JAMA Dermatol. 2013. Finasteride for the treatment of hidradenitis suppurativa in children and adolescents.

Br J Dermatol. 2013. Systemic therapy with immunosuppressive agents and retinoids in hidradenitis suppurativa: a systematic review. HS is a difficult disease to treat. Although the pathogenesis of this inflammatory skin disease is largely unknown, the important role of the immune system has been demonstrated in both experimental and clinical studies. Clinicians are therefore increasingly prescribing systemic treatments with immunosuppressive agents, but the more traditionally used systemic retinoids, especially isotretinoin, also remain relatively common therapies. In order to provide an overview of all currently available systemic immunosuppressive agents and retinoids for the treatment of HS, a systematic search was performed using the Medline and Embase databases. All published papers concerning systemic retinoids or immunosuppressive treatments for HS in adults were included. The primary endpoints were the percentages of significant responders, moderate responders and nonresponders. Other endpoints were the relapse rate and adverse events. In total 87 papers were included, comprising 518 patients with HS who were treated with systemic retinoids, biological agents or another immunosuppressive agents, including colchicine, ciclosporin, dapsone or methotrexate. The highest response rates were observed with infliximab, adalimumab and acitretin. Overall, the quality of evidence was low and differed between the agents, making direct comparisons difficult. However, based on the amount of evidence, infliximab and adalimumab were the most effective agents. Acitretin was also effective in HS, although the quality of the evidence was low. The therapeutic effect of isotretinoin is questionable.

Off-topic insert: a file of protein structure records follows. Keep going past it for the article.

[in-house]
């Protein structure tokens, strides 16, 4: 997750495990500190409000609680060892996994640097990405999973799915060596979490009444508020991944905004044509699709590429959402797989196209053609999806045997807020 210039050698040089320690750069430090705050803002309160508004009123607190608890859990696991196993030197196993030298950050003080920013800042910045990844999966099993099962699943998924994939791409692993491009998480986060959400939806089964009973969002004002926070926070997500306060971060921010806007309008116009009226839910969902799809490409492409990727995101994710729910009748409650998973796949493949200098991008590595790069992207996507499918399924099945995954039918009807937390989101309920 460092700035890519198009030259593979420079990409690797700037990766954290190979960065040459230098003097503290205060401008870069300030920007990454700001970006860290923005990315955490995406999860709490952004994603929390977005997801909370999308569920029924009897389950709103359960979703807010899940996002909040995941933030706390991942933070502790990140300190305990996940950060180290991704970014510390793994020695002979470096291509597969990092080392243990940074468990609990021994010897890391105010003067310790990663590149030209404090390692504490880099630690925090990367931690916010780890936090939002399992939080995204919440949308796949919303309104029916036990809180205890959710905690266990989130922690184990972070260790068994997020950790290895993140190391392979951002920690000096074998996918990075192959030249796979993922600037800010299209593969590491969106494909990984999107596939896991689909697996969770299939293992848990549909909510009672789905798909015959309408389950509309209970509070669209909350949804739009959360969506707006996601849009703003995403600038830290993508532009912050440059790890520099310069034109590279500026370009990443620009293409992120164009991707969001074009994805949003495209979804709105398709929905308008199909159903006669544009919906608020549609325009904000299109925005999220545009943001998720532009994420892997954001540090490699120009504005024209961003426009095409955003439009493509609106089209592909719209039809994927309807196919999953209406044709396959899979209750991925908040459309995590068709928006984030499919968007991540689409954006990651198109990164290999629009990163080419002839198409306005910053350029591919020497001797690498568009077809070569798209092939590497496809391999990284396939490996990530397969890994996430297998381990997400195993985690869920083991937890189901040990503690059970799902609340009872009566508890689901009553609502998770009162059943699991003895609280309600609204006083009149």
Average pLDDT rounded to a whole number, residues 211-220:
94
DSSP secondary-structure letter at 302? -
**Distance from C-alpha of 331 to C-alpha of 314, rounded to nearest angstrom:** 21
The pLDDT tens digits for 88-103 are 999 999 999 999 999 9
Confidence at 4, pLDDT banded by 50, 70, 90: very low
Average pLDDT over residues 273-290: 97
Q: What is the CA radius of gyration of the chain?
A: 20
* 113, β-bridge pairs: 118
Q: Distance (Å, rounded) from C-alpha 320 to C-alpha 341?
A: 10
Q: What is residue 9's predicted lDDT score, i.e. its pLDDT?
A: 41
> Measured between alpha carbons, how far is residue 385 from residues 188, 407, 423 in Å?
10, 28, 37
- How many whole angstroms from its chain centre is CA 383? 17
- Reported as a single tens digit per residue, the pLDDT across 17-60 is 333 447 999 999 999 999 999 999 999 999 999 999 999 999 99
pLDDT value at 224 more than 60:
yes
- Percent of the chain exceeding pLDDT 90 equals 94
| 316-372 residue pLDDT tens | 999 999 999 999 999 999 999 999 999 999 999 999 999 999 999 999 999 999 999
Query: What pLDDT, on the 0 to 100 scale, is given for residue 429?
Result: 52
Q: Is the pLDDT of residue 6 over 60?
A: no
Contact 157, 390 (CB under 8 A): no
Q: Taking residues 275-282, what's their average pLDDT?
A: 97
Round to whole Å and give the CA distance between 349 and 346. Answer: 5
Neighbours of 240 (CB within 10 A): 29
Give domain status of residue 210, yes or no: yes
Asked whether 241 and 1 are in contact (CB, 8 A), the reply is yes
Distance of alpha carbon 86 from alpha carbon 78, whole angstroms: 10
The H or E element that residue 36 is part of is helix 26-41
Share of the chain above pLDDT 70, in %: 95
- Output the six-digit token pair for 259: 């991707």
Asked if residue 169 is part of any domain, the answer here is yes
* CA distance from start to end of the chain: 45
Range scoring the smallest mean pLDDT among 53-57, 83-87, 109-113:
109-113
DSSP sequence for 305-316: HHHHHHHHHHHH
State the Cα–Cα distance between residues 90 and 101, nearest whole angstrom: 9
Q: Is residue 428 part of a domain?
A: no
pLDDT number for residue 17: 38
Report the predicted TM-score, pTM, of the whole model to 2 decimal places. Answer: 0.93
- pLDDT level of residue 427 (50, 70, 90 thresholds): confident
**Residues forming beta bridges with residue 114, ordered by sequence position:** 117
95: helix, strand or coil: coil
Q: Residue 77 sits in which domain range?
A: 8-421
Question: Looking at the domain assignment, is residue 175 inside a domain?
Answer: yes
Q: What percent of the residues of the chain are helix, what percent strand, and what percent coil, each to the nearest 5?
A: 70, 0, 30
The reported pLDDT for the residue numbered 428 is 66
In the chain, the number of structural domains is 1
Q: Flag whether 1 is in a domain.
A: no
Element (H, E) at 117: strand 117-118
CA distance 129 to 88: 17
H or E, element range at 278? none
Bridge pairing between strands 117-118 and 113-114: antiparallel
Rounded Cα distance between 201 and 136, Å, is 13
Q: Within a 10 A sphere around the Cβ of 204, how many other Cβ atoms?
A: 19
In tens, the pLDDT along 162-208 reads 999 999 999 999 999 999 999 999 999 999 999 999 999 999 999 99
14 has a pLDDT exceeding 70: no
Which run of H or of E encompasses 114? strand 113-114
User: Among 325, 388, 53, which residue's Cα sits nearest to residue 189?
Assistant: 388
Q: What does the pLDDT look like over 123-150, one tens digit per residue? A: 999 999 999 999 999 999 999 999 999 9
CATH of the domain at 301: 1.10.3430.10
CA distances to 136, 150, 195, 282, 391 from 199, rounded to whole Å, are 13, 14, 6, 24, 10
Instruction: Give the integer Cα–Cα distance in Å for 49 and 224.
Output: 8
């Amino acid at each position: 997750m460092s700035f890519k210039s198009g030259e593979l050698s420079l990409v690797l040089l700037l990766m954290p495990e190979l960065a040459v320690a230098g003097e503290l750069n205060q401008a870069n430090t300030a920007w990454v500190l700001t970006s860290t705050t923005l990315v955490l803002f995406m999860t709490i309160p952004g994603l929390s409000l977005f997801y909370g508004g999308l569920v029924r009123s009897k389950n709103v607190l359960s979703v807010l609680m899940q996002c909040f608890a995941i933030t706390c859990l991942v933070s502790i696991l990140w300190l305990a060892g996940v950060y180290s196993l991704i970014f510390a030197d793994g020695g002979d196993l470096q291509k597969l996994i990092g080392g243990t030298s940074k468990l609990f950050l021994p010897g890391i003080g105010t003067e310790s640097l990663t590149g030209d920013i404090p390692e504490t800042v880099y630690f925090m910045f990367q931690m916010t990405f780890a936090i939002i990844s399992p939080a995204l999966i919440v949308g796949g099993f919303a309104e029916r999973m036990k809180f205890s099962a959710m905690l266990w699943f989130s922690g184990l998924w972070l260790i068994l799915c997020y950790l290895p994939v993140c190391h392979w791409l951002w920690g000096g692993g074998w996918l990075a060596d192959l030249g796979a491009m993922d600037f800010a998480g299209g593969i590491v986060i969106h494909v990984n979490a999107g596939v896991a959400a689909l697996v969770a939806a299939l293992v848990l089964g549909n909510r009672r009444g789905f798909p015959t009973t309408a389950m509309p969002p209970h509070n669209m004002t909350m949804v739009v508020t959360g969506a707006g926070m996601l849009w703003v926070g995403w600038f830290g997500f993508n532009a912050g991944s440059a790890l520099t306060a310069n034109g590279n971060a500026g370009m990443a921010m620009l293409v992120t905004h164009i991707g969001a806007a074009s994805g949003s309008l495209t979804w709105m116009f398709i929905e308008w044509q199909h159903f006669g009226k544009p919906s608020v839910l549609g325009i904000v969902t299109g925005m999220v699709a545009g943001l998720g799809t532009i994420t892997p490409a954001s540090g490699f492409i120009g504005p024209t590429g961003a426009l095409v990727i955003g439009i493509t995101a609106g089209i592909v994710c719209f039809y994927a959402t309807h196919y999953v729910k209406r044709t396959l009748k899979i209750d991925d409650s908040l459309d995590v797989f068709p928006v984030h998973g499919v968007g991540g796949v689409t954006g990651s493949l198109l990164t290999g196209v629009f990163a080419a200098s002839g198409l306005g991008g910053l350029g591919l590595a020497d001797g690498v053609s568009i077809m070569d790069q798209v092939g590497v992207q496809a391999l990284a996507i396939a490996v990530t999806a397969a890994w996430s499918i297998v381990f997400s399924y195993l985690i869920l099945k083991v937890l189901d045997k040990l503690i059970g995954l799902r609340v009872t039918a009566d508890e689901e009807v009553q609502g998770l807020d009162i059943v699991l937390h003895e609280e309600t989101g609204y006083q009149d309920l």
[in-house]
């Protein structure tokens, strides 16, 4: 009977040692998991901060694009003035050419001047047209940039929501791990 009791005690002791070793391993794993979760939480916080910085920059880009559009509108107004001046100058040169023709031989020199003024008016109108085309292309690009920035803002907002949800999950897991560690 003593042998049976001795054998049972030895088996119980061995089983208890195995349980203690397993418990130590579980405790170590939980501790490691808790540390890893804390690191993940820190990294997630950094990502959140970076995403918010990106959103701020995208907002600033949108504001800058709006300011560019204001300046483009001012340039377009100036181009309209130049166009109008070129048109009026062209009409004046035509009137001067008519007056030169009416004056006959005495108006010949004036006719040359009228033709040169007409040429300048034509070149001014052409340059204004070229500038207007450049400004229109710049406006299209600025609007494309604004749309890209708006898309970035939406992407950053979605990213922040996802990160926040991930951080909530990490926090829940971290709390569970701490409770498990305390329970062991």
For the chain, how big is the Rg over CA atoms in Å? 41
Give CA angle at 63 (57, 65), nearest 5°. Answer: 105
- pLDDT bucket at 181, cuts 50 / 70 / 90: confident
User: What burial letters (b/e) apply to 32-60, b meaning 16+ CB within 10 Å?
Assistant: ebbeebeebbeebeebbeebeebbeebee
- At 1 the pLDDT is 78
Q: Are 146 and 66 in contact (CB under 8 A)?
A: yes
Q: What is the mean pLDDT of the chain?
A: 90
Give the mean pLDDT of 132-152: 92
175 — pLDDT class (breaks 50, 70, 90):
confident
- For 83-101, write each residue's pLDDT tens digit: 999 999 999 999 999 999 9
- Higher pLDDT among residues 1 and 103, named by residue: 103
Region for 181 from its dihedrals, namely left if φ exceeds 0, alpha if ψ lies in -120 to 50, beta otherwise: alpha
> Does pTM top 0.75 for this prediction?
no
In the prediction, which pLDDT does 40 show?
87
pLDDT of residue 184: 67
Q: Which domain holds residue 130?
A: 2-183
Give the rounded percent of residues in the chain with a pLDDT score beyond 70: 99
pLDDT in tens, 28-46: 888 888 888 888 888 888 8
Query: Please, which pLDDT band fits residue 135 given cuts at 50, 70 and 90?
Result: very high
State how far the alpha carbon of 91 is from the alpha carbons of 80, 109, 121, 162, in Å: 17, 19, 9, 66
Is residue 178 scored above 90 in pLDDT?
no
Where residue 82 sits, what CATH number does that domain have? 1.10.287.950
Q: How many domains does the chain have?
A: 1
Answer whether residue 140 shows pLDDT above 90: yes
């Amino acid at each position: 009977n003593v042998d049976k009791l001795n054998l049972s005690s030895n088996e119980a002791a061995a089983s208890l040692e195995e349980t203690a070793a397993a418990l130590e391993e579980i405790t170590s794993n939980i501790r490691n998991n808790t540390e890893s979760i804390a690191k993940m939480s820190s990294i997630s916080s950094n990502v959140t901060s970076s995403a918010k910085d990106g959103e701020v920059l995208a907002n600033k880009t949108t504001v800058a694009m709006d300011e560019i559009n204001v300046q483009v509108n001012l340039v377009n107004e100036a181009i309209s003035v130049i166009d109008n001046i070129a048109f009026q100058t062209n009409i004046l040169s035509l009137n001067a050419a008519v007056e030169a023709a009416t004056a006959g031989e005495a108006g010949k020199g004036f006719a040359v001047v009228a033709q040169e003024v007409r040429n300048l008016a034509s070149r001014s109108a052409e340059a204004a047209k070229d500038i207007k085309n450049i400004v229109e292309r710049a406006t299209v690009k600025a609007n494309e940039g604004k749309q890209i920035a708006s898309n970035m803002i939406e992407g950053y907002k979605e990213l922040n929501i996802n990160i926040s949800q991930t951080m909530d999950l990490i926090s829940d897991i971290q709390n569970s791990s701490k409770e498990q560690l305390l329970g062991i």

The use of Dapsone
Hidradenitis suppurativa treated with dapsone: A case series of five patients.
J Dermatolog Treat. 2006. Department of Dermatology, University Hospital Birmingham NHS Trust, Selly Oak Hospital, Birmingham, UK.
To evaluate the efficacy of dapsone in the treatment of hidradenitis suppurativa refractory to therapy with oral antibiotics and isotretinoin. A retrospective review was performed of five patients treated with dapsone between 2002 and 2005. Clinical improvement and dapsone side events were recorded by the physician. Improvement was noted in all five patients within 4-12 weeks at doses ranging between 25 and 150 mg/day. All patients required maintenance therapy with dapsone at doses between 50 and 150 mg/day to sustain their hidradenitis suppurativa control. Patient-reported hidradenitis suppurativa symptoms improved in all cases after dapsone initiation, supporting physician observed clinical improvement. Hidradenitis suppurativa treatment was well tolerated in all patients with no significant dapsone side effects noted. The median follow-up period was 24 months. Conclusion: Dapsone appears to be an effective and safe alternative treatment option for hidradenitis suppurativa and may be particularly useful for women in the reproductive age group.